For instance, a report by the government of Japan to the IAEA on lessons learned so far about the Fukushima accident indicates the need for more independence for the nuclear regulatory agency and better emergency preparedness for reactors in earthquake zones.

And that’s not the only effort taking place to figure out what went wrong and how to make sure it doesn’t happen again. The OECD hosted a meeting June 8 of nuclear regulatory agencies among G8 nations. Not surprisingly, the meeting concluded that while technical cooperation was useful, responsibility and accountability for nuclear safety rests with plant operators.

NEI’s Way Forward

In the U.S. the Nuclear Energy Institute and several industry organizations are coordinating their efforts to respond to the Fukushima crisis. What’s driving the effort is a realization that the response of the U.S. industry to the crisis in Fukushima was haphazard and lacked coordination among responding organizations. (NY Times 6/10/11)

A white paper posted on the NEI web site lays out an ambitious agenda for the project. It includes seven “building blocks.”

  1. Maintain focus on excellence in existing plant performance.
  2. Develop and issue lessons learned from Fukushima events.
  3. Improve the effectiveness of U.S. industry response capability to global nuclear events
  4. Develop and implement a strategic communications plan.
  5. Develop and implement the industry’s regulatory response.
  6. Participate and coordinate with international organizations.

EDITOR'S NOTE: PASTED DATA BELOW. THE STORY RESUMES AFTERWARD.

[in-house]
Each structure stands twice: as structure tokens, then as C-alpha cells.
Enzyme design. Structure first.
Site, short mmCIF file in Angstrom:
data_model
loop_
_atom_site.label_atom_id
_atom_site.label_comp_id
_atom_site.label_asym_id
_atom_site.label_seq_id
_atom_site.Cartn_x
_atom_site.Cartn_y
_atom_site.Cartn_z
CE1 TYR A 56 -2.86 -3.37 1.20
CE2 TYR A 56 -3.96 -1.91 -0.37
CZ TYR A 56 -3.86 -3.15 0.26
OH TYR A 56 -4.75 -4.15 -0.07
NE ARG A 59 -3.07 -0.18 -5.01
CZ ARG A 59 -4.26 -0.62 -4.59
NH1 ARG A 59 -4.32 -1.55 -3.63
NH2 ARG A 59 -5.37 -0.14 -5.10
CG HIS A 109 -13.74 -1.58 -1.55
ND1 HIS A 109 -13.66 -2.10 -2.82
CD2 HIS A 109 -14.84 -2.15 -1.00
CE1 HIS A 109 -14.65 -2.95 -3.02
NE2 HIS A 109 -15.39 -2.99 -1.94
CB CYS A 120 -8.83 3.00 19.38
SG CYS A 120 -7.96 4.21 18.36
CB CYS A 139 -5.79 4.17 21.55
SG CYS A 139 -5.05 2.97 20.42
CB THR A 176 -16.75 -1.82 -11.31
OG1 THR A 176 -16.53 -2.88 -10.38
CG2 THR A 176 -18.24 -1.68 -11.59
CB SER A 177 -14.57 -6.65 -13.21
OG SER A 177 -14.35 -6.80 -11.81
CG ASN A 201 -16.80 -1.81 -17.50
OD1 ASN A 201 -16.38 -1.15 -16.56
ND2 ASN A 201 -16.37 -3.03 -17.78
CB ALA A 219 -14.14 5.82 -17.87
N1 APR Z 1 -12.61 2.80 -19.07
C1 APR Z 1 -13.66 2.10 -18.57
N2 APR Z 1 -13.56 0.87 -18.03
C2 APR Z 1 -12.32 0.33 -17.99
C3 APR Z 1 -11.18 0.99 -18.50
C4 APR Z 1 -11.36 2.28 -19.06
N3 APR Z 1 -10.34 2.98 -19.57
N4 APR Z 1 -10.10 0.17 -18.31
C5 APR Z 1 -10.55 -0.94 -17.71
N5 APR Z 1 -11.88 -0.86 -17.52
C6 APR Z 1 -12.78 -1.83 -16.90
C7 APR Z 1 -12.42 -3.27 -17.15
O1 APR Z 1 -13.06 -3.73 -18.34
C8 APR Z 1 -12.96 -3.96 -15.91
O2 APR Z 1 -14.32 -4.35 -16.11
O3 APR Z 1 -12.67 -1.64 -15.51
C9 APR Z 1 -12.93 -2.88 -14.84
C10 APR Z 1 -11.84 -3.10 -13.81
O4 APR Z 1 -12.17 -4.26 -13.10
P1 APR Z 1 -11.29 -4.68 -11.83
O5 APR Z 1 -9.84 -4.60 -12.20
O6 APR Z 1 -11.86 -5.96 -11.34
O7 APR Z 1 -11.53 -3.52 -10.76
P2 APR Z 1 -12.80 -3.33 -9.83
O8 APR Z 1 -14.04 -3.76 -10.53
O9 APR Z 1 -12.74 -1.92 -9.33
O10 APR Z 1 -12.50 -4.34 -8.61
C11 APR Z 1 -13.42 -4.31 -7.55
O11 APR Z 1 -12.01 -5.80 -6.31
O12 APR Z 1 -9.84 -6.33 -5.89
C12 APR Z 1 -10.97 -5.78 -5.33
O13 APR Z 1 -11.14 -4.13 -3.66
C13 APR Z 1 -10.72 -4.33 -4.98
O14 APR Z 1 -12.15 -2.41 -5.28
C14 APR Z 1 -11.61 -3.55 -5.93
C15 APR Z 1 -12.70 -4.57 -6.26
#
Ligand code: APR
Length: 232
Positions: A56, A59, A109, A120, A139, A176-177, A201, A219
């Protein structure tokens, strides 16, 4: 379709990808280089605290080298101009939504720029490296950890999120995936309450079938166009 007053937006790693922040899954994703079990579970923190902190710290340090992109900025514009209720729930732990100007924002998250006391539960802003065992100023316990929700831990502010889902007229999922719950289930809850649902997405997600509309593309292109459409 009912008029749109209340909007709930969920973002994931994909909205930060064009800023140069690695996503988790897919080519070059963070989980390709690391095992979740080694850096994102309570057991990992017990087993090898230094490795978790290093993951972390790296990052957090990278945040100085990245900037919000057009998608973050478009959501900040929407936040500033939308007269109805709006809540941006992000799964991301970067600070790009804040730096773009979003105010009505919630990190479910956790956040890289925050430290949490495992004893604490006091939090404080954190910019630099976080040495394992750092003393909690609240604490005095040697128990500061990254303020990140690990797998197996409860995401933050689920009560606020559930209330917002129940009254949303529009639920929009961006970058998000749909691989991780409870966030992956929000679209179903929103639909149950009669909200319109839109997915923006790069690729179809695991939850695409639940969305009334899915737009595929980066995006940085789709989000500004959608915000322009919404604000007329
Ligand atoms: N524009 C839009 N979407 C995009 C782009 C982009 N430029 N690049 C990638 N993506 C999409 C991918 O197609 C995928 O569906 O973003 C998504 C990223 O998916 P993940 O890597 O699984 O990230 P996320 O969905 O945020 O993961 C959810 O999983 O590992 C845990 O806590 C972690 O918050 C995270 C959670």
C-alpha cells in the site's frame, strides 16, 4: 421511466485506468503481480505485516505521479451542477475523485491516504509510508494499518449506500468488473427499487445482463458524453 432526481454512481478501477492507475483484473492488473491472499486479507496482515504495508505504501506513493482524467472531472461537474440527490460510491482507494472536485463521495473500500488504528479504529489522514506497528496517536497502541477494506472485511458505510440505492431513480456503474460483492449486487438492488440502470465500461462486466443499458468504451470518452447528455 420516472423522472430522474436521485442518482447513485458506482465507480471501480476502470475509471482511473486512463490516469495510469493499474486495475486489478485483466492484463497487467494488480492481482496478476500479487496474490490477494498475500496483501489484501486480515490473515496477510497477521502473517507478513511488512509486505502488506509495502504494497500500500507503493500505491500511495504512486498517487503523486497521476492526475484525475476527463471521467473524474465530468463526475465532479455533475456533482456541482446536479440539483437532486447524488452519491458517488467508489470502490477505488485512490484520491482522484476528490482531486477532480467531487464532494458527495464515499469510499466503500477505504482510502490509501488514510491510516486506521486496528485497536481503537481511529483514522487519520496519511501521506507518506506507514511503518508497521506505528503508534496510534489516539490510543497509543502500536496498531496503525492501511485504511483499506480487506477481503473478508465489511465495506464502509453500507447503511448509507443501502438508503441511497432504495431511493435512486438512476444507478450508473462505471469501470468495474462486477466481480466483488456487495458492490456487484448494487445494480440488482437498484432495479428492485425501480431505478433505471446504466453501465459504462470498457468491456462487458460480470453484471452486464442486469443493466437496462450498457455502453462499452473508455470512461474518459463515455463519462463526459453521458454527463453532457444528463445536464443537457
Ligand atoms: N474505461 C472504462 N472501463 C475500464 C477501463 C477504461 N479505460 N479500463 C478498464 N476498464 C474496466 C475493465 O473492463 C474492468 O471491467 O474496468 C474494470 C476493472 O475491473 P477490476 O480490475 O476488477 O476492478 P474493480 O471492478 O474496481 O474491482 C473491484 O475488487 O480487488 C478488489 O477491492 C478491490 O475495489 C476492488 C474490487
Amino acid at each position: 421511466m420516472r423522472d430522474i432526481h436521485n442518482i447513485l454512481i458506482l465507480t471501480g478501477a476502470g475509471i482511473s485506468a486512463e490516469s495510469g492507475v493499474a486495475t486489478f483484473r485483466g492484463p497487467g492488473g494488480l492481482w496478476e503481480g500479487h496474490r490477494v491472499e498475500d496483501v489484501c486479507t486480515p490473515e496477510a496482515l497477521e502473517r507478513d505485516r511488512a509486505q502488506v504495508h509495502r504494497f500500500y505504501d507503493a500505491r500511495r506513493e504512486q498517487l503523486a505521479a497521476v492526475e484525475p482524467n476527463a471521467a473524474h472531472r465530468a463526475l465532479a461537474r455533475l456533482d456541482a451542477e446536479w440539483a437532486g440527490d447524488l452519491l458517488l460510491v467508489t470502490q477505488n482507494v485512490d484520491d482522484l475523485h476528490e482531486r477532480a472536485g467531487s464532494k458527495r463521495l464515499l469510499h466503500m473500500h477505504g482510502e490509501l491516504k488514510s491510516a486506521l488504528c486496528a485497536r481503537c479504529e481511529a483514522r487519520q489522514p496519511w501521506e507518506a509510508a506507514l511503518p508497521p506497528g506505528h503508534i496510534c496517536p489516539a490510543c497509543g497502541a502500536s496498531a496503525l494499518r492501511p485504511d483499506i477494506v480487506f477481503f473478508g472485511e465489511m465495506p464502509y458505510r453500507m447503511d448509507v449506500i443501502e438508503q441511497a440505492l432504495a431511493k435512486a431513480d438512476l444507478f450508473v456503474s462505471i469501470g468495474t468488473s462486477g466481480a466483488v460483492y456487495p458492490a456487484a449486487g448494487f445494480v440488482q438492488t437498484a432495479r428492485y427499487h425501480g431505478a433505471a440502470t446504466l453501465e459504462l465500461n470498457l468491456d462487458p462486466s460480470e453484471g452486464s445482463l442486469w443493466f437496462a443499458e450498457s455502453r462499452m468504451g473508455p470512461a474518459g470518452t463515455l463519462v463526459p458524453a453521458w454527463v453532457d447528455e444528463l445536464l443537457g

7. Provide technical support and R&D coordination.

Two key goals that drove the design of this “joint leadership model” are to ensure that no gaps exist in response activities and that there is not a duplication of effort among the organizations and companies that comprise the industry, said Tony Pietrangelo, NEI’s senior vice president and chief nuclear officer.

Pietrangelo unveiled the structure at a news conference with Charles Pardee, who chairs the Fukushima Response Steering Committee. Pardee is the chief operating officer for Exelon Generation Co. Other organizations involved in the effort include the Electric Power Research Institute and the Institute for Nuclear Power Operations.

ANS conference sessions on Fukushima

At the American Nuclear Society National Meeting, to be held in Hollywood, FL, June 26-30, there will be two special sessions on Fukushima. The first to be held Monday June 27, which will focus on the latest update and lessons learned in the aftermath of the earthquake and tsunami in Japan.

Speakers from industry, government, and Japan will focus on the events sequence, major issues, challenges, media interactions, and lessons learned to date.

The panel moderator will be Joe Colvin (President, American Nuclear Society), and panelists will include:

  • Akira Omoto (Commissioner, Japan Atomic Energy Commission–Japan)
  • Dale Klein (University of Texas, Austin)
  • Michael Weber (U.S. Nuclear Regulatory Commission)

A second session Tuesday June 28 will be chaired by former ANS President Andrew Kadak and include a similar list of expert panelists. Topics expected to be addressed include the accident sequence, challenges faced by the operating staff, reactor and fuel damage mechanisms, environmental impacts, and emergency response.

Topics that are likely to be discussed at both sessions include;

  • Boiling water reactor technologies
  • Analyses of how nuclear accidents occur
  • Health effects of radiation exposure
  • Nuclear regulatory issues
  • Risk Communication

Can we talk?